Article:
It’s a bird, it’s a plane … it’s the power user, already at a cubicle near you and posing all manners of threats and opportunities. By day, she’s a mild-mannered employee at a large metropolitan company. But she’s capable of skirting around IT rules and restrictions to do things the way she wants, often cutting out busy work but opening up new vulnerabilities.
The old example? Forgoing the sluggish fileshare in favor of thumbdrives that cut the process of sharing files across the office down to minutes, or let her take her work home at night. But what if that thumbdrive contained 7,000 social security numbers, and was lost?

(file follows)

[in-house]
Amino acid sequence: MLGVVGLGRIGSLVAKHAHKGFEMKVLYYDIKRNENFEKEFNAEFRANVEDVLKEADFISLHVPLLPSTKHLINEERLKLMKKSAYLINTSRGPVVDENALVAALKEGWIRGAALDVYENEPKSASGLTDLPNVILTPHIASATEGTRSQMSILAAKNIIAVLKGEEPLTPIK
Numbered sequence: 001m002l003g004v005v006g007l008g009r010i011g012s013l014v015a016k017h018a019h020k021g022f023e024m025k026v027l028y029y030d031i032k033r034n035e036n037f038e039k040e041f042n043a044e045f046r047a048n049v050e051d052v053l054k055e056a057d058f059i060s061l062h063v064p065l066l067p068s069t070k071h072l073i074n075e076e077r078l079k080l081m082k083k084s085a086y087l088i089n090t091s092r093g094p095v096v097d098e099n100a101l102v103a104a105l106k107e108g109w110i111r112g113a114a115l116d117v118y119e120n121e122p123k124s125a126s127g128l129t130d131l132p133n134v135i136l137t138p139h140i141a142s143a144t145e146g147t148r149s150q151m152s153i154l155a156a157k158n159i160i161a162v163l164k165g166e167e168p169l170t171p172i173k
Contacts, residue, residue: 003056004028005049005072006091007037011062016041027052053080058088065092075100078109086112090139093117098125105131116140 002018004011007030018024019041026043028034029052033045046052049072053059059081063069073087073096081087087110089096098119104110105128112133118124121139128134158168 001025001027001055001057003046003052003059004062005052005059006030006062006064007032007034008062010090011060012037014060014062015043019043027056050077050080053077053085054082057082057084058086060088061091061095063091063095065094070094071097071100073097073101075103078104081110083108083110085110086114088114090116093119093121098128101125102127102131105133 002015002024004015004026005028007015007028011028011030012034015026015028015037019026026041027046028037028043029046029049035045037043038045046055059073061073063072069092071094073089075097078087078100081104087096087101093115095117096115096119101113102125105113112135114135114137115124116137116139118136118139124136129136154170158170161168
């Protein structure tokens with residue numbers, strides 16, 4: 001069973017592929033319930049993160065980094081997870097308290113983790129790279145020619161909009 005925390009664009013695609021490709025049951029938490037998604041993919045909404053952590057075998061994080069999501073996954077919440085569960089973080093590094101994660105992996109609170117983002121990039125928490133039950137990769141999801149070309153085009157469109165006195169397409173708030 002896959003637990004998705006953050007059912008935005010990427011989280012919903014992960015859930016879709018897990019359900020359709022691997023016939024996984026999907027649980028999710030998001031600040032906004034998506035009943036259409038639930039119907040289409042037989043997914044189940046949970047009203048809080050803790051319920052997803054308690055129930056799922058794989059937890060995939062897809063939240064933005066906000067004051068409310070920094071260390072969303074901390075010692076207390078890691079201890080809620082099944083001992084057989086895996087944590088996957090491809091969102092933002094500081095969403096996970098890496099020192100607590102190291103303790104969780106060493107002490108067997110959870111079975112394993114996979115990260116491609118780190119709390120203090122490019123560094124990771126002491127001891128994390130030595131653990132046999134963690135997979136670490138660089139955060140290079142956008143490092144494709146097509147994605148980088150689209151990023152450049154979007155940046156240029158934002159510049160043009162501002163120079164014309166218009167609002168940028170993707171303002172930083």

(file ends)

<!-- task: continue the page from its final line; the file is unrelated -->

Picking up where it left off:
The new example: The employees who routes all their corporate communications through their GMail account, their iPhone, and their Twitter.
And “hacking work” is now pitched not as the sole province of the uber-geeky but as a necessity to staying ahead in a tough tech-based economy. Steve Rubel issues a call-to-DIY IT arms, which ends with the somewhat inspiring, somewhat frightening appeal (emphasis mine):
Those who embrace using new technologies and tools will not only survive, but thrive. No one will teach you necessarily how to do this on your own. Each information worker needs to take matters into their own hands.